Nature Bulletin No. 56 March 9, 1946
Forest Preserve District of Cook County
Clayton F. Smith, President
Roberts Mann, Supt. of Conservation
There is nothing half-way about a skunk. It is one of our most beautiful
and most valuable animals, but also one of the most unpopular.
Fearless, he goes slowly and deliberately about his business. Most other
mammals, including man, give him the right of way. He expects it. As a
result many are killed on the highways.
Skunks hunt mostly at night, rooting and digging for insects, grubs and
meadow mice. They are also fond of frogs, crayfish, small snakes, turtle
eggs, and the eggs of ground-nesting birds. They are the chief enemies
of turtles and bumble bees. The quantity of grasshoppers, crickets,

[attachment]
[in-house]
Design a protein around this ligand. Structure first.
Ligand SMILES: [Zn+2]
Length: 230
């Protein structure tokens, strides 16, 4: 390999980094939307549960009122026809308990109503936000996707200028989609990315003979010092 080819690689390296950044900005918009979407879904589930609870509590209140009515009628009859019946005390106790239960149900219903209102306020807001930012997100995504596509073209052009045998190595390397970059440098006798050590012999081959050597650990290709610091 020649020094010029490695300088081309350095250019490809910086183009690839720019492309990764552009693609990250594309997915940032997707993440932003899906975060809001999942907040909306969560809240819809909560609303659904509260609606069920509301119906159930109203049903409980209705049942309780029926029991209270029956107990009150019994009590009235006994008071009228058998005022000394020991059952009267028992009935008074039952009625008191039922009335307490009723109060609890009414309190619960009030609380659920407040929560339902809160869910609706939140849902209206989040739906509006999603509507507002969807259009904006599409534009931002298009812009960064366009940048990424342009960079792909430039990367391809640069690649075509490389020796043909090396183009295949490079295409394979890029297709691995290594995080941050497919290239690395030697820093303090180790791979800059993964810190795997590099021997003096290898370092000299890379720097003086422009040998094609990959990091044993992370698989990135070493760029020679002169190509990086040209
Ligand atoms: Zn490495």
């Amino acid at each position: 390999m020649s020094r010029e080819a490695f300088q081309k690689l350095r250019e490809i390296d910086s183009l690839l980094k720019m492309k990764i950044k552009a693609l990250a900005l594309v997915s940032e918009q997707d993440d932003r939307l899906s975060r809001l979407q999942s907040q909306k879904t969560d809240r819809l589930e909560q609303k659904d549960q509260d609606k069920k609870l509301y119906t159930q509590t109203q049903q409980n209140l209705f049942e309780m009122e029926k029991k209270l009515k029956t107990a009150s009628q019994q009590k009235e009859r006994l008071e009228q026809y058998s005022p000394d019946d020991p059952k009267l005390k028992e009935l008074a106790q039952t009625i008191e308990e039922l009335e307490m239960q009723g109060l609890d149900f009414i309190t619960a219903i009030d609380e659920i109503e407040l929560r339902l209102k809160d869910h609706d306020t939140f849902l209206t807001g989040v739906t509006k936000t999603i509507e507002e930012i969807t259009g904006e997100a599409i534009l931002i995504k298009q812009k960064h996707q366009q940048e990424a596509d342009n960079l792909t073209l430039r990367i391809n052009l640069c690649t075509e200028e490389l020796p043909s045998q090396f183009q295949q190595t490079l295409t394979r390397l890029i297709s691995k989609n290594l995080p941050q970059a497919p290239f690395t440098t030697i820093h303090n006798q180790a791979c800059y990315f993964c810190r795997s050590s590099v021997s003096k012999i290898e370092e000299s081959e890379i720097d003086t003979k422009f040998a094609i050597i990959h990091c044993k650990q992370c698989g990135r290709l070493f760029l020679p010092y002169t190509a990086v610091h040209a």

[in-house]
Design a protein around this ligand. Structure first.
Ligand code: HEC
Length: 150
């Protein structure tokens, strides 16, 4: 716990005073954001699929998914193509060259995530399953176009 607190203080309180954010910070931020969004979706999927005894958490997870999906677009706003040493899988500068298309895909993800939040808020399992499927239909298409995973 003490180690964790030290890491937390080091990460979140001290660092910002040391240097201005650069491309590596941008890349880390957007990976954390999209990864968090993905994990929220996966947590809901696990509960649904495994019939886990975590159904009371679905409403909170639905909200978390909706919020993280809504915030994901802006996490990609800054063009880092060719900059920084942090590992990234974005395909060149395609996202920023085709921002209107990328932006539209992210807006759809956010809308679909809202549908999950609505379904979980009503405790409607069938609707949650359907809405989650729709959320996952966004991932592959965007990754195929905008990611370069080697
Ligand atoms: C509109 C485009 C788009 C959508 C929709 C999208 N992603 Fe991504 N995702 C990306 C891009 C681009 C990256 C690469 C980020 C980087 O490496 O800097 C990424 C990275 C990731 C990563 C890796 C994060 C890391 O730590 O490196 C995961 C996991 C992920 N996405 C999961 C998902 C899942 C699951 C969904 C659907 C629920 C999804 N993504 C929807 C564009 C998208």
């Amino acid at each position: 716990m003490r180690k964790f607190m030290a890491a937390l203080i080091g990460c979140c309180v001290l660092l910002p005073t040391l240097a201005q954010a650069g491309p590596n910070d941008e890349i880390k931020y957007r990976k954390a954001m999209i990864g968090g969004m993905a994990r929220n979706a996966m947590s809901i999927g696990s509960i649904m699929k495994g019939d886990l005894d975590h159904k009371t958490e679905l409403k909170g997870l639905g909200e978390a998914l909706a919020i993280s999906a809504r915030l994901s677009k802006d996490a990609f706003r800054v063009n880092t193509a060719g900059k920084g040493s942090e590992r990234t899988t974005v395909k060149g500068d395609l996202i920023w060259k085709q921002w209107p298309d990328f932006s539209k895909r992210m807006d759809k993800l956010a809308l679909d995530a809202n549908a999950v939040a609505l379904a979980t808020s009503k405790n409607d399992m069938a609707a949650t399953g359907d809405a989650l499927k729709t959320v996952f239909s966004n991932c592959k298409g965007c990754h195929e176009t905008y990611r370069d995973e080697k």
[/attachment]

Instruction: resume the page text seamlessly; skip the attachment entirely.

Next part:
grubs and mice they consume makes the skunk valuable. In addition,
their long thick glossy fur, black with white stripes, is an important item
of the fur trade.
Each pair digs a burrow or appropriates one ready-made. In it the
female makes a grass nest and the young are born in early spring,
numbering from 4 to 6, sometimes 10, per litter.
The skunk's defense is a strong musky fluid contained in a pair of
glands beneath the tail, controlled by powerful muscles, squirted in a
fine misty spray with surprising accuracy for 8 or 10 feet. This fluid is
clear yellow in color, strongly acid, and terribly painful to the eyes --
sometimes causing temporary blindness. The tail is not used to throw
the spray, as many believe, but is held stiffly erect and bristling. He
prefers to bluff. If the bluff works, down goes the danger flag.
One of our naturalists, on a moonlit night, watched a skunk baffle two
possums trying to reach their den tree. He would move quickly around
the trunk facing first one and then the other, rapidly stamping the
ground with his forefeet. If one made a move, he would whirl and erect
his tail. When the possum backed away, down went the danger nag.
The possums finally gave up and left.
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Update: June 2012